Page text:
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Dependent Contractors Awarded 26 Months' Reasonable Notice

Dependent contractors are becoming an increasing portion of the working population, and an Ontario court recently confirmed that protections available to them are at the top end of the scale.

In the case of Keenan v. Canac Kitchens, 2015 ONSC 1055, the Ontario Superior Court of Justice considered a case where a married couple (the “Keenans”) had worked as installers and foremen with Canac - a manufacturer, distributor, and retailer of kitchen cabinets and accessories - since the mid­-1970s. In March of 2009, the Keenans were informed that their services would no longer be required, as Canac was closing its doors. No notice or pay in lieu was given.

The Keenans brought an action for wrongful dismissal, asserting that they were dependent contractors and as such, were owed notice or pay in lieu. Canac argued that the Keenans were independent contractors because they were paid by invoice rather than salary, and also had subcontractors working under them.

The Keenans had begun their relationship with Canac as employees, but in 1987, this changed when Canac notified them that they would be contractors for Canac as “Delivery and Installation Leaders.” Under this arrangement, the Keenans were paid (as when they were employees) on a piece­-work basis for units installed, but without deduction for income taxes, employment insurance, and the Canada Pension Plan.

The Keenans were required to devote “full time and attention” to their Canac duties. Canac would set the rates to be paid to the installers. The Keenans paid the installers with funds provided by Canac. In 2007, the Keenans began working for a competitor due to a slow­down in Canac’s work, but still devoted approximately 75 percent of their work hours to Canac.

The Keenans were successful before the Superior Court, and were awarded approximately $125,000 in lieu of 26 months’ notice.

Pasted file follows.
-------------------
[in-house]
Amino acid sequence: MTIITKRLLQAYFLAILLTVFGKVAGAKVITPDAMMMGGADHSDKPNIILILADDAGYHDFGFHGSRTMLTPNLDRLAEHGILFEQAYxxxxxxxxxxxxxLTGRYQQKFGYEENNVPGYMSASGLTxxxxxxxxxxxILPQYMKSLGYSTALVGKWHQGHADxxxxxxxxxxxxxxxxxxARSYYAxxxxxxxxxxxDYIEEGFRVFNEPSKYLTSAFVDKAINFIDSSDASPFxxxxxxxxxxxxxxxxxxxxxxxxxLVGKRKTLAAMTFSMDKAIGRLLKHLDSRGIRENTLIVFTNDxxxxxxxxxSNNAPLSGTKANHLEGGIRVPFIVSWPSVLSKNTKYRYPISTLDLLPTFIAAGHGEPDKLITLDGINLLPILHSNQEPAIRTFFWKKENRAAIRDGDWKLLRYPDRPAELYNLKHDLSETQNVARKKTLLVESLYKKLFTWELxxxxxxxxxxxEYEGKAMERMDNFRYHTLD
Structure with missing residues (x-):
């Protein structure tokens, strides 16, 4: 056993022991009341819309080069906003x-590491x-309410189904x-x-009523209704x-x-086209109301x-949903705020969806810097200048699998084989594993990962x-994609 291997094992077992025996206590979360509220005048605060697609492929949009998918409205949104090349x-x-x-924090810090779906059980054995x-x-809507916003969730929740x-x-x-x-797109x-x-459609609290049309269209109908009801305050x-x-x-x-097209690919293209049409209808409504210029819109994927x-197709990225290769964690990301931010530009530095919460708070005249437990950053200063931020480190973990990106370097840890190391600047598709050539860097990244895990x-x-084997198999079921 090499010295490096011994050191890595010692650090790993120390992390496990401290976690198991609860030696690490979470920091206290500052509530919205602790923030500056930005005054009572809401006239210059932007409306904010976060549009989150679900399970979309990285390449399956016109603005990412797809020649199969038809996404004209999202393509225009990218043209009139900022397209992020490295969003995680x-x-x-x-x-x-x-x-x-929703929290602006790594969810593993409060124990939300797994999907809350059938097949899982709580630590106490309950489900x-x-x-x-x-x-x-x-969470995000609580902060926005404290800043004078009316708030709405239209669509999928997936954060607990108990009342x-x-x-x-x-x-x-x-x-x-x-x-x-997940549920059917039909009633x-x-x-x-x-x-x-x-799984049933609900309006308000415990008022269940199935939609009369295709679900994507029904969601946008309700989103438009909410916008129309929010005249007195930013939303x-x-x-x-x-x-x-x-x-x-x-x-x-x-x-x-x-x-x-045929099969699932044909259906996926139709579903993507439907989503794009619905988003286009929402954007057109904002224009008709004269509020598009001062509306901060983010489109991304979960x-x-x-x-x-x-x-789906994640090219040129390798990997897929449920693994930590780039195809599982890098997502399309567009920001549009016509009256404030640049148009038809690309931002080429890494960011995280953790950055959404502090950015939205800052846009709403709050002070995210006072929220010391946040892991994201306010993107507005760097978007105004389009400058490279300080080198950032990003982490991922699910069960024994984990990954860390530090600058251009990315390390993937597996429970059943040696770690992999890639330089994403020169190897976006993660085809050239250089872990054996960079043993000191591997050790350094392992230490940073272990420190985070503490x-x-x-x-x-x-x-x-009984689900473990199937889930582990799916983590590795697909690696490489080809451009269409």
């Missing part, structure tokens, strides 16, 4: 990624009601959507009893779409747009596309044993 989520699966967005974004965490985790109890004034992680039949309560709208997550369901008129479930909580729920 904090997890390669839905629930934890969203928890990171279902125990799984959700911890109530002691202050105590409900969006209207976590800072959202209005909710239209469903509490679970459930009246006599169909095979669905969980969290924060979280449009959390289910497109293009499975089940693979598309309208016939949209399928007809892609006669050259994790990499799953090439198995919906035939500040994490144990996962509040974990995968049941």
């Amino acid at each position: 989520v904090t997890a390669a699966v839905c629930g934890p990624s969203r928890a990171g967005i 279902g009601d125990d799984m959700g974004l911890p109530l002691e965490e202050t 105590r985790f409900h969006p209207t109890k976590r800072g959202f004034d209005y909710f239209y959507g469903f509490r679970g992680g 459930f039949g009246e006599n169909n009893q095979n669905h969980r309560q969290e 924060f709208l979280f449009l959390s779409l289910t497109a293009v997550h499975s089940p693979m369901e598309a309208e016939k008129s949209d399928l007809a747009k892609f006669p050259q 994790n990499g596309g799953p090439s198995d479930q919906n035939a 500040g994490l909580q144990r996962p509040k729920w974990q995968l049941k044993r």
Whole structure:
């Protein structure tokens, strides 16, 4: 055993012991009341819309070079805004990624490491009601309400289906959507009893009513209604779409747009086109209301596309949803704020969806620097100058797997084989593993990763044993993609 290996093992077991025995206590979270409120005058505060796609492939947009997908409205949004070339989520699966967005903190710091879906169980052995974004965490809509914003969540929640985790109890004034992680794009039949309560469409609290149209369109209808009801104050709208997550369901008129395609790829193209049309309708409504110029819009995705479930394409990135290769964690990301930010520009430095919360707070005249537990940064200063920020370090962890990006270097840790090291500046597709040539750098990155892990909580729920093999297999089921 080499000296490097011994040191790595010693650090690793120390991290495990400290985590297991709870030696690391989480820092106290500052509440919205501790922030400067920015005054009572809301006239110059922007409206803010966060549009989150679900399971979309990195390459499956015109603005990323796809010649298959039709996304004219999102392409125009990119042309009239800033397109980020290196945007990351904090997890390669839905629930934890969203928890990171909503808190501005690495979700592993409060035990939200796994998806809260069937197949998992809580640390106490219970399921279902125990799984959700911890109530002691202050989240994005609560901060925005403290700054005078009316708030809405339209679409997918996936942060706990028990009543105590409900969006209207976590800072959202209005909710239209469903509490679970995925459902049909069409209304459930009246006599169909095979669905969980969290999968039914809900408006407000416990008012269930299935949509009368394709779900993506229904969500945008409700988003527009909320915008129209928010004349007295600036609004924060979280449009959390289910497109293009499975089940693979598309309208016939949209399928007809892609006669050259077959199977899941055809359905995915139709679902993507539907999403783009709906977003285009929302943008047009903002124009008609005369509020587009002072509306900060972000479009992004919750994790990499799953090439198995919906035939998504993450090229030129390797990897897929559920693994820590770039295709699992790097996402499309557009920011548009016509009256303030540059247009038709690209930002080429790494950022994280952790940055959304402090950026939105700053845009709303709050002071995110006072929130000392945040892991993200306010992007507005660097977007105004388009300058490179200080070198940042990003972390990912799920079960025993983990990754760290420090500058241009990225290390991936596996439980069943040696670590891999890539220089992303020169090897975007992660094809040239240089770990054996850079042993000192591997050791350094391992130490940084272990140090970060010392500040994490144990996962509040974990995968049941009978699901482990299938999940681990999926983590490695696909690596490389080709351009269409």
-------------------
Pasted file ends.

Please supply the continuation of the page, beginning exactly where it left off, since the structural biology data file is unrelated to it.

Canac appealed on the basis that the trial judge erred in finding that the Canacs met the requirement of exclusivity, since around the time of the termination, the Keenans were working for a competitor and, as such, were not dependent contractors.

The Ontario Court of Appeal denied the appeal on this ground, agreeing with the trial judge’s observation that, “in the jurisprudence leading to a recognition of the intermediate category of dependent contractors, a finding that the worker was economically dependent on the company due to complete exclusivity or a high level of exclusivity weighed heavily in favour of the conclusion that the worker was a dependent contractor.” The Court held that exclusivity could not  be determined at one moment in time because it is integrally tied to the question of economic dependency and must involve a consideration of the full history of the relationship.

Canac further argued on appeal that the trial judge had erred in setting an award greater than 24 months, which was previously thought to be the unofficial “cap” on reasonable notice, without finding exceptional circumstances. In the 2006 case of Lowndes v. Summit Ford Sales Ltd., the Ontario Court of Appeal had stated that “generally only exceptional circumstances will support a base notice period in excess of 24 months.” Canac requested that pay in lieu of notice be set between 16 and 18 months instead.

The Ontario Court of Appeal affirmed the lower court’s decision, finding that the award should not be reduced although there had been no explicit finding of exceptional circumstances. There was also no finding that dependent contractor status automatically leads to a lesser notice entitlement. In the circumstances, the Court found that an award in excess of 24 months was justified and saw “nothing wrong in the trial judge’s finding that 26 months’ notice was reasonable.” This was the first time the Ontario Court of Appeal had endorsed a notice period of 26 months.

As such, although there will still likely be few cases of employees or dependent contractors entitled to reasonable notice periods in excess of 26 months, the “cap” identified in Lowndes v. Summit Ford Sales will be surpassed in the right circumstances. For employers, written contracts describing the nature of the relationship and carefully limiting the worker’s notice entitlement in the event of termination will help to avoid the imposition of such a large award. With regard to the dependent contractor determination, it is clear that this area of the law continues to evolve. Employers must be diligent in not assuming a particular relationship is one of an independent contractor, particularly where the relationship has an element of exclusivity or near-exclusivity. Field Law can assist with this determination and help to fashion solutions designed to minimize employer risk.